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Diary of an Al-Anon

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I've had a non fiction project bouncing around in my head for about 15 years now. It would be a memoir about my experiences growing up as the child of an alcoholic. In many ways, I feel ready to tackle this. My mother passed away almost 6 years ago from complications of renal disease. She had a host of health problems all compounded by her life long alochol abuse, and succumbed to them at the too young age of 61. I was only 24.

Here are the mental and emotional hurdles I now face:

1. I really do not wish to marr my mother's legacy. A lot of the experiences I can think of to write about will show a very ugly side of her and our relationship. To reassure myself, I have thought of how honest my mother was deep down. How in touch with her demons she actually was. She loved the truth that could be found in art, whatever the medium. Also, the whole point of me telling the story will be to show what it feels like to love an addict, the incredible highs and the horrific lows, the beautiful, broken people they are inside. And how important forgiveness is for those of us who walk beside them through their lives. Accepting these things as I do, it is still hard for me to contemplate writing about her at some on the lowest points. It feels like a betrayal of her memory.

2. Even worse than my misgivings about telling the sordid bits of my mother's life, is my hesitance to hurt others close to us who are still living. My mother was a victim of sexual abuse as a child...at the hands of her own father. A fact I'm not sure she ever told anyone else. This is rather crucial to her story because I firmly believe that the childhood trauma set her on the path of mental illness and addiction. I have two uncles and a brother for whom this knowledge will be a crushing blow. That is, if they ever get to read it.

3. Working on this will interrupt an already admittedly stalled fiction novel I've been writing for over a year. But that idea will also always be there, I just have to decide which project deserves my attention more right now, which am I in a better frame of mind to work on.

4. Am I really ready? The loss I still feel is crippling at times. I would give anything to sit and talk with her about this. We often talked about me writing a book about her life. I was so young then and she was so full of enthusiasm and encouragement for what she was sure was a lucrative writing career in my future. The story we talked about telling was a more light hearted "adventure" story but now, looking back, I realize that type of story could never be written about her. It could only go one way because there was only one underlying theme to her life. Emotional trauma leads to mental illness leads to addiction. Rehabilitate, relapse, repeat. It's all just really heavy and depressing and I don't know if it's even good for my mental state or the ongoing grieving process to jump into this right now. But will there ever be a "good time"? I think not...

I just want to write something that honors her AND tells the truth. Something that the family members of addicts can relate to, something that doesn't vilify even their worst thoughts and feelings. Something that tells them it's OK to be angry and embittered. But that it's also OK to forgive. I think this is worth writing about and that I could write it well.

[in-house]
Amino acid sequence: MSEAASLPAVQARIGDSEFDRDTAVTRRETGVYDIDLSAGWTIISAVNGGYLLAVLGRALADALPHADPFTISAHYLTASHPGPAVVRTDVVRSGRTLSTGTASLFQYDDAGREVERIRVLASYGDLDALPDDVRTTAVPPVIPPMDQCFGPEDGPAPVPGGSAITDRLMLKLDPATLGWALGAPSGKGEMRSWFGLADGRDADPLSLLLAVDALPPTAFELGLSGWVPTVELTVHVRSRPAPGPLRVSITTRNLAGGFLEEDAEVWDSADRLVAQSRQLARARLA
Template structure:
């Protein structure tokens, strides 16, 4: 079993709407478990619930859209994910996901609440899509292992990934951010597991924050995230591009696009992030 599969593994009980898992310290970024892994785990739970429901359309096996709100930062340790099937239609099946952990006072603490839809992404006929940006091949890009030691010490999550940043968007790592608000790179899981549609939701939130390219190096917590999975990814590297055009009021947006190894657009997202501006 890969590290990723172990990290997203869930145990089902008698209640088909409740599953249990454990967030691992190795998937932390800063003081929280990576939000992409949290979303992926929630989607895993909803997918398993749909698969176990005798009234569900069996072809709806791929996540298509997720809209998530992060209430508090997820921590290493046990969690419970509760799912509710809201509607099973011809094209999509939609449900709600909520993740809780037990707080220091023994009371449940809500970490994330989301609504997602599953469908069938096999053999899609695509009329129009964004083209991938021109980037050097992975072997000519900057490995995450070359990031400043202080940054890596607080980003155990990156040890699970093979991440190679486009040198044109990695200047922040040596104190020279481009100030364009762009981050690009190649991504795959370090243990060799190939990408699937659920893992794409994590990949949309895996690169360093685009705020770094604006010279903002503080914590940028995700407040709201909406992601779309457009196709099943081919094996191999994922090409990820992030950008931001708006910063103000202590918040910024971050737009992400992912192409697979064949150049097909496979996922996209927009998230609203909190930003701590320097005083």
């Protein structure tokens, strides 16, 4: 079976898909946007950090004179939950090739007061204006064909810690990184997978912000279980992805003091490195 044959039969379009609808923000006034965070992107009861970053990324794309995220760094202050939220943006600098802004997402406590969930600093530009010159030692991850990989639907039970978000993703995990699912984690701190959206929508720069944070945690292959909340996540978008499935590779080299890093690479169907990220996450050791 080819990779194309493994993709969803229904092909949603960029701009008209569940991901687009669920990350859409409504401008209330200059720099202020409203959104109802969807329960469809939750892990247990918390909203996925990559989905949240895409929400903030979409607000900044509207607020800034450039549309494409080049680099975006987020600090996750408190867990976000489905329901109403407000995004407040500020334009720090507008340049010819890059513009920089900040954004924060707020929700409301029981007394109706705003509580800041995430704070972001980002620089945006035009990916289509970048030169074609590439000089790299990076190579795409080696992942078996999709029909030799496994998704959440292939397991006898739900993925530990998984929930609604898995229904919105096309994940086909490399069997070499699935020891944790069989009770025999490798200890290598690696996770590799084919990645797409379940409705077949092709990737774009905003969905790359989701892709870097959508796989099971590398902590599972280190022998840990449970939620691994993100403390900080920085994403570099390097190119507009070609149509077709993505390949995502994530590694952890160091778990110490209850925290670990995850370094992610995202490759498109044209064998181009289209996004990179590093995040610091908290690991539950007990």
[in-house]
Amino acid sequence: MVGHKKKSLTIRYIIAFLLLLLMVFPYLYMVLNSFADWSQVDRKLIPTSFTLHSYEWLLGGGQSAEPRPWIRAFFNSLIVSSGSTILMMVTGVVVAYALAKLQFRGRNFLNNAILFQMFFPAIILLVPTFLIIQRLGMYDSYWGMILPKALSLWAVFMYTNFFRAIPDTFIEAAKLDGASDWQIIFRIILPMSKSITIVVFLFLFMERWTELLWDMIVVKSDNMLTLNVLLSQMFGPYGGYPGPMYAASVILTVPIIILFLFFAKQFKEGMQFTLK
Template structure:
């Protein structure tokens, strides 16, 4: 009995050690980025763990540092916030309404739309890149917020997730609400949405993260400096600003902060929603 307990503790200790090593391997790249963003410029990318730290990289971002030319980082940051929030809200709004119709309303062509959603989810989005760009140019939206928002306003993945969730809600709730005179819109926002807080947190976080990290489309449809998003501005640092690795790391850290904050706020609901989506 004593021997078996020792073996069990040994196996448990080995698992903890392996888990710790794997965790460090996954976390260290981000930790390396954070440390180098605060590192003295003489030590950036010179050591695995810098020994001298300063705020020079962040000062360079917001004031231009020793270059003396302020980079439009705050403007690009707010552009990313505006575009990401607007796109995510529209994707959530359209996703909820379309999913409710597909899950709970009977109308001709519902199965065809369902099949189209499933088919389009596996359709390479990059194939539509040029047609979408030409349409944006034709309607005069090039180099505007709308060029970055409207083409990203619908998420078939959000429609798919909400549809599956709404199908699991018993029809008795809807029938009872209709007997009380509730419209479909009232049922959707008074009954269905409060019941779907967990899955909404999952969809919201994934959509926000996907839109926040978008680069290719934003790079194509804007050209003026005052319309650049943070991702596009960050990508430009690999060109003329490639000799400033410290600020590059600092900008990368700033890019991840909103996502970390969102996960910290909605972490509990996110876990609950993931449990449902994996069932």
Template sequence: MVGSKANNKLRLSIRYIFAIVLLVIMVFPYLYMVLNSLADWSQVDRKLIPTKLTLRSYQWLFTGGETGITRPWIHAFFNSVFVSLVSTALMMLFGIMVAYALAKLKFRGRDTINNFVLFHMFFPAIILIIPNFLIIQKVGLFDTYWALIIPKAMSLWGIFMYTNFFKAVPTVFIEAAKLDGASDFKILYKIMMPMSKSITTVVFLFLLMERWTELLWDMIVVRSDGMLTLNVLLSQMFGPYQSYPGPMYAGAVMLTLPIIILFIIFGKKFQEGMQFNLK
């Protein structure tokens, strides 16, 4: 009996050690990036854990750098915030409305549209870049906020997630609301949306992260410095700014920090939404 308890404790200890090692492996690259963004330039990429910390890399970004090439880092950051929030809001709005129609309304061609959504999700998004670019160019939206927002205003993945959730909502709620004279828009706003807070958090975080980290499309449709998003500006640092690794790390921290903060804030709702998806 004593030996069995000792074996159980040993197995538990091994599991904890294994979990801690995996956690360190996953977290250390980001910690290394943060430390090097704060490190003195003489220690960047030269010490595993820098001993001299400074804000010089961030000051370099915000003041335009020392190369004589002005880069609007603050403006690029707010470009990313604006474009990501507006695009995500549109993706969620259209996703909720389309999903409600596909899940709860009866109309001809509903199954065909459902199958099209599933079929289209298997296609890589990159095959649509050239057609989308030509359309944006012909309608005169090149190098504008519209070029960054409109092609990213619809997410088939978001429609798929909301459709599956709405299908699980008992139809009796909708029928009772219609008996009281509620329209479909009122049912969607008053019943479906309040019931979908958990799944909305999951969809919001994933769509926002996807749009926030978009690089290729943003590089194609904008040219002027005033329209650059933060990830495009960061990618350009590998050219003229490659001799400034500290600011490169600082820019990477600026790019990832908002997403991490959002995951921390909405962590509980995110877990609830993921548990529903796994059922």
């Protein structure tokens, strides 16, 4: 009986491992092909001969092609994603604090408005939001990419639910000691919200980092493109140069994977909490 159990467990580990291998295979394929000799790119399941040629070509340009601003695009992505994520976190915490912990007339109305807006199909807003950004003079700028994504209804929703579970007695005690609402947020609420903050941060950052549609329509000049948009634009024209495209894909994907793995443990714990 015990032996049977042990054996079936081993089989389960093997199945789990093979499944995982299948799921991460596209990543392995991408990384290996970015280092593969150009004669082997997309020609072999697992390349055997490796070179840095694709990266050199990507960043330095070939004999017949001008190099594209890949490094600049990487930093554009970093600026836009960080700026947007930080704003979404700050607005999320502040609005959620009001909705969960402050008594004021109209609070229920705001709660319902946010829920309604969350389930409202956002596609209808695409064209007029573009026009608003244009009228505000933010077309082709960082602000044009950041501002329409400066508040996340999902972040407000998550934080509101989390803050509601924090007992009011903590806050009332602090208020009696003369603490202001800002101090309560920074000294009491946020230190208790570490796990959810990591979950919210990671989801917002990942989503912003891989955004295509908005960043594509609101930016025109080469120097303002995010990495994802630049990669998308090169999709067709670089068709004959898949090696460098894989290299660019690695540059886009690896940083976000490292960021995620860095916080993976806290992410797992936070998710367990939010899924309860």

But do I have the courage?

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  1. escorial's Avatar
    Maybe its something you got to write before you can feel open and motivated to carry on as before...it could be a good or bad experience but the end product might be a release rather then a book to publish...either way it can only help you..
  2. Plasticweld's Avatar
    LoLeah, some of that decision should be based on how you plan on concluding your true life story. Many have suffered alcoholic parents, depending on the ending it could be a story of victory and over coming life's problems. It could be written as just another sad story. I would write the ending first, and work back from there, it is after all what is fresh in your memory, and the ending is what will drive your story. I have written about my dad, who was alcoholic yet still very successful, drink and an escape from reality where what drove him to drugs but never made him non-functional. I took the opposite approach when writing about my father and that was he showed me what not to be. I think if you dig up any of my old stories by looking at my profile page under "started threads" you can find some of them title "What my father taught me." "The day my father lost his faith." there are a few of them. While I could use any of my up bringing as an excuse I instead used it as a lesson in what not to do in life and for me that was a victory. You are not alone, your story is all too familiar to too many people. Sharing sometimes helps those who are in the first steps of the battle, that there is hope. If you have the capacity to offer hope to even one person you will have achieved one of the greatest gifts a writer ever gets to experience...Bob
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